Washburn’s Brian Thomas receives NASA grant to explore atmospheric effects of Supernova

Washburn University’s Brian Thomas, associate professor of physics and astronomy, recently was awarded a NASA grant of $500,000 to study the atmospheric effects of a supernova event close to earth.

Relatively recent analysis of core samples from the ocean floor provide significant evidence that a supernova event occurred 2.5 million years ago close enough to earth to have a significant impact on plant and animal life. In the case of Supernovae, close is considered approximately 30 light years.

That new evidence piqued the interest of NASA in a proposal to investigate the impact on earth of this particular event by Thomas and his colleagues, Adrian Melott from University of Kansas in Lawrence and Andrew Overholt from MidAmerica Nazarene University in Olathe.

“We’ll be working to explain what specifically did happen because of that event,” said Thomas.  “There isn’t a mass extinction at the time, but there are changes in biodiversity. There’s probably a connection.”

For the next three years, Thomas and his collaborators will use computer modeling and existing information from the fossil record and previous research on solar events to understand what likely occurred because of that known Supernova.

Specifically, Thomas will use high powered computer modeling to simulate the effect created by that specific Supernova on the atmospheric conditions of earth. Overholt will investigate the radiation that reached earth and Melott will focus on the properties of the Supernova itself, to ensure the computer models are accurate.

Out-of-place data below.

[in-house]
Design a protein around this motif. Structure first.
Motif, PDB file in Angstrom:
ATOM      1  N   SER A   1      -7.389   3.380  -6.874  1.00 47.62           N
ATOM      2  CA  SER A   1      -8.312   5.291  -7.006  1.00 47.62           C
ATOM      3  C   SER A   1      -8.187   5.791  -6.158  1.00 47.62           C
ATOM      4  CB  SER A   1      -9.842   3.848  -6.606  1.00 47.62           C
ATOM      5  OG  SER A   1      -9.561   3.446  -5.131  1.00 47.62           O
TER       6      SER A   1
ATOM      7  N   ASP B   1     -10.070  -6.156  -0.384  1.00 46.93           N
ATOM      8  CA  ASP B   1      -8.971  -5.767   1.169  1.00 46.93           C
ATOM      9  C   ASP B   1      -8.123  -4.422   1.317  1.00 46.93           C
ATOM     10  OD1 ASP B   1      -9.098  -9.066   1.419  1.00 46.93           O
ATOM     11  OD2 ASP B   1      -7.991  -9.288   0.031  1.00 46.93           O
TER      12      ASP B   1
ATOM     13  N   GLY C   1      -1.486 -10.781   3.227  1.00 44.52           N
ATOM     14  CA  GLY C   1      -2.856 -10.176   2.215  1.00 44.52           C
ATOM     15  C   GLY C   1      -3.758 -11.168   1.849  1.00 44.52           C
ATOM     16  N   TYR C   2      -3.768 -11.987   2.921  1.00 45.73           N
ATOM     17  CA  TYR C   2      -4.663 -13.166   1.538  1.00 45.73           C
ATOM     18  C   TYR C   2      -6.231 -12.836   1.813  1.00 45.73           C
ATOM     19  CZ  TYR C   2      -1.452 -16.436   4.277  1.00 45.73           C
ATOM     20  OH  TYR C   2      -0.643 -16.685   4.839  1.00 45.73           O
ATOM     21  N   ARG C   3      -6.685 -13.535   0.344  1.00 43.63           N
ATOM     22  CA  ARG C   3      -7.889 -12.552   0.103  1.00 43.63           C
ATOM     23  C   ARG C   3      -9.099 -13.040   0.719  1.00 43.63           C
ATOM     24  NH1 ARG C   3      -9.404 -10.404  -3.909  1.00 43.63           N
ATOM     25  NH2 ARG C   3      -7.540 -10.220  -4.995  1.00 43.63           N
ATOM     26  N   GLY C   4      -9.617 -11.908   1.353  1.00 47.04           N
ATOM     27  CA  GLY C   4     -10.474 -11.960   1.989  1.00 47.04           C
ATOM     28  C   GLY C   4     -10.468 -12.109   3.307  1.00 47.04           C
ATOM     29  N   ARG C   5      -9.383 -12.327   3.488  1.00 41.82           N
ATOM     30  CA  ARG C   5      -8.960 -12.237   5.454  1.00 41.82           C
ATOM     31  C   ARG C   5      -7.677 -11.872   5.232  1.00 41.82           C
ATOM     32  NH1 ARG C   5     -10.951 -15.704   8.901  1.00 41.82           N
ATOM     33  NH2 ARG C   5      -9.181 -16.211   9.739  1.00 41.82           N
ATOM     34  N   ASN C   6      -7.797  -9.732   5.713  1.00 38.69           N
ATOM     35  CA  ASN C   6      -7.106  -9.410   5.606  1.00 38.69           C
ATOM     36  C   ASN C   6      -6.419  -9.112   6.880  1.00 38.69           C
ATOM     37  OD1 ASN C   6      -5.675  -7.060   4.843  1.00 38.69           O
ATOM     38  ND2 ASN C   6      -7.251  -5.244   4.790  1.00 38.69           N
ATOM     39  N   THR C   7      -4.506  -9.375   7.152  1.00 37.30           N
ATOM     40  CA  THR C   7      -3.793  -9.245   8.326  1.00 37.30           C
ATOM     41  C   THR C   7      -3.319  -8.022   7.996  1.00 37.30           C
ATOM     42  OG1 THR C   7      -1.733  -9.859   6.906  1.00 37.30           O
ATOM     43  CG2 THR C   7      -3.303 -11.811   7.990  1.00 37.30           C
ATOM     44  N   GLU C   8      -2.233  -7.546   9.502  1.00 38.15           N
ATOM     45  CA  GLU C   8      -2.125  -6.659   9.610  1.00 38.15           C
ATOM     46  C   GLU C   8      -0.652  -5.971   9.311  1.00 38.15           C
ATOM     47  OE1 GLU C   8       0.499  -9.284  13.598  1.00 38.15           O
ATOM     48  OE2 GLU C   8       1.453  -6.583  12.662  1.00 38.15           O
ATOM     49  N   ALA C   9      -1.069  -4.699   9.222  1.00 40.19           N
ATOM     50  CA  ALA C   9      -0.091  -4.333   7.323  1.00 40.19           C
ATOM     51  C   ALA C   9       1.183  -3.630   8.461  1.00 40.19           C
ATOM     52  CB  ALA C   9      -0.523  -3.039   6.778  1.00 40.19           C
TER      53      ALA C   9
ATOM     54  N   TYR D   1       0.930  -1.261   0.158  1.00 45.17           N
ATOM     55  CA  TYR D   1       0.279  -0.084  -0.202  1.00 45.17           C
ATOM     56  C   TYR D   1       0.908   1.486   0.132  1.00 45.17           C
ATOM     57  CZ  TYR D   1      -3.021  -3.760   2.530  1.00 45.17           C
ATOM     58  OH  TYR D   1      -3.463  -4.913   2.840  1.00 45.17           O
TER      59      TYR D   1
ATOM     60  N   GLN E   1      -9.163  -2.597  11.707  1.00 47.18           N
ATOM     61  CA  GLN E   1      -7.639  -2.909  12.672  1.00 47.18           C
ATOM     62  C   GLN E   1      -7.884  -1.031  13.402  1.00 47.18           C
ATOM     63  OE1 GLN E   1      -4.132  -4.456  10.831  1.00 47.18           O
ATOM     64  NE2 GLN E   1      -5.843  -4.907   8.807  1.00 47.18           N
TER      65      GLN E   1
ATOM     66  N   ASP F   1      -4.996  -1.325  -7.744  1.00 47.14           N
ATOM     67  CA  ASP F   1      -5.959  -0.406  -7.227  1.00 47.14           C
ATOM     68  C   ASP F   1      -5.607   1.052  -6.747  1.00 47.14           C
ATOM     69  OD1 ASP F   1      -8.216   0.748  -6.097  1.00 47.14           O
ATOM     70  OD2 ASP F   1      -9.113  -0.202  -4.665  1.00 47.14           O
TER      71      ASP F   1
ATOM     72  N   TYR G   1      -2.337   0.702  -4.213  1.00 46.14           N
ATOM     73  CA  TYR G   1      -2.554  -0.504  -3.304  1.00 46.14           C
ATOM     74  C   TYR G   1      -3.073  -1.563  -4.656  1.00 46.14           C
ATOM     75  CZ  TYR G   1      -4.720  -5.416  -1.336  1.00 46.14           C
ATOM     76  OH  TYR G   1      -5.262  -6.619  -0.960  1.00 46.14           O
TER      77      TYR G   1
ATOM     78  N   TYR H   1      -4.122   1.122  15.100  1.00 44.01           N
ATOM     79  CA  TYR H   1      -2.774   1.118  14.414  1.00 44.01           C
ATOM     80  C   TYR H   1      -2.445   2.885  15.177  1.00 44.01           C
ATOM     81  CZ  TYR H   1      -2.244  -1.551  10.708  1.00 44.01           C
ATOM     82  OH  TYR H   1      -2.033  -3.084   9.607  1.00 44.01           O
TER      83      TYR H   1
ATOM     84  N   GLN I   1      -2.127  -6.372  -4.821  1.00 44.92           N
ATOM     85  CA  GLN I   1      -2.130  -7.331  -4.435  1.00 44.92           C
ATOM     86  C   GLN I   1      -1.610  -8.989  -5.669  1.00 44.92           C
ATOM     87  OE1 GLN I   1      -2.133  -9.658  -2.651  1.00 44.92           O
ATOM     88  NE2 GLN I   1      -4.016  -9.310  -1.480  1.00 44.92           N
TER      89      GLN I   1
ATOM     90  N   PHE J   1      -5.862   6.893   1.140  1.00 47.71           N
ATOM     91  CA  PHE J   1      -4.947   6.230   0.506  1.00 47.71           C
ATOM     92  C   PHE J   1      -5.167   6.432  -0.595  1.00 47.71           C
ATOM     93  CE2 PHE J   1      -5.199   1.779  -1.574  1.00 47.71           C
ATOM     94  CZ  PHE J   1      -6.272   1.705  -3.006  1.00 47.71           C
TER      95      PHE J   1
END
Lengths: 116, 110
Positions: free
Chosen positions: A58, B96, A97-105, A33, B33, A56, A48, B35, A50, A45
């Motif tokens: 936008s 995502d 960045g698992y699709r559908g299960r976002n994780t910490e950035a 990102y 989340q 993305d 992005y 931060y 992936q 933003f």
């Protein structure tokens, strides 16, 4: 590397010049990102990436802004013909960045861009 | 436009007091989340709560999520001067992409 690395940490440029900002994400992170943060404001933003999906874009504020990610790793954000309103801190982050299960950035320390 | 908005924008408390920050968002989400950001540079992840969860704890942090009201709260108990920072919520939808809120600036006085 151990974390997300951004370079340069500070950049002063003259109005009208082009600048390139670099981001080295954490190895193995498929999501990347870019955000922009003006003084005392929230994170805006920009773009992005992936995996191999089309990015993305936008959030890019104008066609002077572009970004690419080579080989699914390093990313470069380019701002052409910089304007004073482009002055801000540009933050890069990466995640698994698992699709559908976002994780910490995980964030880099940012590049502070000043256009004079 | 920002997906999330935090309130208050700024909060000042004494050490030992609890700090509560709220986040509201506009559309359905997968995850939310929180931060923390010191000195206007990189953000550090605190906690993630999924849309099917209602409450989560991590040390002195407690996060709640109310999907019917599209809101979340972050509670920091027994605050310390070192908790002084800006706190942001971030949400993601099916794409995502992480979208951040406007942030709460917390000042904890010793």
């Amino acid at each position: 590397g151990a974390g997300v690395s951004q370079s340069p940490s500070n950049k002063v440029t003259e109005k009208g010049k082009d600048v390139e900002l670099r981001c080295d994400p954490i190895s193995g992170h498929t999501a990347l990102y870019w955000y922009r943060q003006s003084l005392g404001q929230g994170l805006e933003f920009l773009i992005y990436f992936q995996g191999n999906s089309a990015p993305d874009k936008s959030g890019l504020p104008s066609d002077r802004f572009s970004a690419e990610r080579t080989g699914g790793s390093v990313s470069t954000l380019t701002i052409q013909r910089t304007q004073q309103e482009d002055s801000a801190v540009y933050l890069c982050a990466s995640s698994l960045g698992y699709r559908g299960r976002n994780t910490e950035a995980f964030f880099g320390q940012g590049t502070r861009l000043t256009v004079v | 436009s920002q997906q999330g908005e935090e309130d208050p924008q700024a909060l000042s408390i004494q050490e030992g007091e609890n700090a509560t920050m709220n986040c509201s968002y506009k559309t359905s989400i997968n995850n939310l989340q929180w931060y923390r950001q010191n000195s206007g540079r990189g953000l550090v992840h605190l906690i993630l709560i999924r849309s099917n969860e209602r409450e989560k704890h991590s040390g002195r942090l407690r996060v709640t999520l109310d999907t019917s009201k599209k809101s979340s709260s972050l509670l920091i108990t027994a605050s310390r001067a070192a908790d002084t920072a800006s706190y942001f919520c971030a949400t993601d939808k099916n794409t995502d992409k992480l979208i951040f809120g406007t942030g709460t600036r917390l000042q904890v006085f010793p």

Thomas said this research is particularly important because it is the first time that the entire big picture impact of a Supernova close to earth has been studied.

“We’re going to look at the whole scenario, all together,” he said. “It’s the next step.”

A Supernova occurs when an extremely large star collapses and explodes. In this known case, 2.5 million years ago, the explosion deposited a dust on earth with an Iron-60 isotope. That evidence was discovered in the core sample of the ocean floor.

“Iron-60 isn’t processed near earth,” Thomas said. “The only good explanation for this is a Supernova happened nearby and blew this on us.”

The team hopes to gain understanding of how often Supernovae events occur in this proximity to earth. Understanding that may help explain mysterious extinctions and other unexplained events in the history of animal and plant life on the planet. Thomas said actual prediction of an event like this isn’t going to reach the accuracy of tornado warnings, for example, but should improve.

Washburn physics and astronomy students will be able to participate in the project as well, Thomas said. The team hopes to share its findings at the conclusion of the grant through journal articles.

Thomas and Mellot have collaborated on previous research related to major solar events, including Gamma Ray Bursts and coronal mass ejection. Thomas has been featured on The Weather Channel and public television in Japan as an expert on potentially catastrophic solar events.